of the other bird out of the nest to perish. Thus

this bird never raises its own young. If our

health will give promise of our abiding here

I think we shall send for you. Otherwise we

shall return home. We have work enough before us

to employ us a life time, & calls for our labors are

constantly multiplying. This morning I have recd

a pressing call to return to London. Three large

congregations uniting in the request & promising every

aid & comfort in their power. I am pressed as

earnestly to Visit Wales & Scotland that if health

will allow I must go to the principal cities of

each. From here we shall probably go either

to London or to Wales. In august, Should we

remain, we must go to Edinburgh. Scotland.

[page 4]

From there to the City of Norwich, or Manch[ester]

Leeds or London, I know not which. But s[hould]

we be well enough to go to these places I hope

to see my way clear to send for you. It may happen

that we may continue to stay as we do now all

the while apparently on the verge of breaking down

In that case I should not dare to send for you.

At any rate My Dear Child, make yourself useful

& contented where you are. You are, we are happy

to know, a comfort to your Sister & brother & I

trust useful among the children. It is matter of

devout gratitude that you are beginning to live &

walk by faith, & to long after entire holiness.

There is, in this country, as there is in America, a

great religious movement inaugurated & going

on. An inquiring after holiness of heart is deepening

& spreading both there & here. This inquiring after holiness

in Boston is wonderful. I suppose as you do not

go to Brooklyn, Miss Tucker will remain at Oberlin

6th June. The above a week ago. Yesterday we got Anges letter giving

account of the fire. Mr. Lamson of Boston & given us previous informa

tion. Thank the Lord that it is no worse. The revival is powerful here.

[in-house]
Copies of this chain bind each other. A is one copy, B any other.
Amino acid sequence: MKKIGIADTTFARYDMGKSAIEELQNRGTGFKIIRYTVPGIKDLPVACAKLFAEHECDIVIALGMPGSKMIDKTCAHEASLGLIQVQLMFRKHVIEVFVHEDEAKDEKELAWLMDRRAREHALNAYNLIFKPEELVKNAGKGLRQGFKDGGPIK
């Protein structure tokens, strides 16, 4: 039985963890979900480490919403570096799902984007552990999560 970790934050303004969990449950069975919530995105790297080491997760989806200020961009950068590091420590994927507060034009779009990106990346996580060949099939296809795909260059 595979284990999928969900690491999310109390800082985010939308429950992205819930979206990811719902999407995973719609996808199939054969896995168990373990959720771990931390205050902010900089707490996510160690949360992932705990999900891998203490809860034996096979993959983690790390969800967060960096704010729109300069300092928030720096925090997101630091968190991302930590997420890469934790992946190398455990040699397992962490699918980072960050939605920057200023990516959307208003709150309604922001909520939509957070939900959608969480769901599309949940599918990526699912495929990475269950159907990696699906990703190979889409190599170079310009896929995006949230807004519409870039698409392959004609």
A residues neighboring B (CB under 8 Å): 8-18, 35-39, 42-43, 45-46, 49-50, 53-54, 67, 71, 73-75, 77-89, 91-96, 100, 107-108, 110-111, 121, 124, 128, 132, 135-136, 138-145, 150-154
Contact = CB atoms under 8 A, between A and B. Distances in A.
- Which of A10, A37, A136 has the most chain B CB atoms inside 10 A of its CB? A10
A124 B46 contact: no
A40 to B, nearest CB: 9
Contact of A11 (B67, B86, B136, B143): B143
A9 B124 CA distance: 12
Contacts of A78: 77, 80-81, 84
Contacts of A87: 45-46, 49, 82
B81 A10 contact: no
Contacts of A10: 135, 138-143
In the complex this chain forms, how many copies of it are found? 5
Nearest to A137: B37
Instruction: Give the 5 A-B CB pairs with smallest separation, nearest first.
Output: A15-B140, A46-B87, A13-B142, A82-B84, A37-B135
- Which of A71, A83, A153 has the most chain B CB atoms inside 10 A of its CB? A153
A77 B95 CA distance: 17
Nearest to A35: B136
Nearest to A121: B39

It is an entirely new thing & creates astonishment. We are both

slowly improving in health, yet not able to do nearly as

much as in days past. Some friends are urging

us to send for you, thinking we shall more certainly

remain in this country. But the very unsettled state

of our health forbids our deciding, at present, to do so.

Study to be useful my precious child. And remember to be

useful you must be holy. To be holy you must not live to & for

self. Live by faith. Your Affectn

[signature removed]



Uriah Thompson, a deacon of the Church, and his wife, Susan, mention this man in their letters to Finney dated 31 January and 2 February 1860:

I see your hired man occasionally. I think he takes care of things pretty well so far as I can see.


I think brother Spriggs is doing as well as could be expected, a great deal better than the man you had before. He is very industrious, and I think a good man.

The corner of the letter is torn off here.

ancient ?

The tear in the page has removed a word here &endash; probably the.

The letter, dated May 23, 1859, was from Theodore Jones, a Methodist layman in the Third London Circuit of the United Methodist Free Church.

Finney received a number of letters from David Rees, the minister of the church in Llanelly in South Wales, and from John Kirk in Edinburgh.

Finney had received letters from John Massingham in Norwich.

There is a similar tear here as in the previous sheet.

See the correspondence Finney had with Robert K. Brewer of Leeds.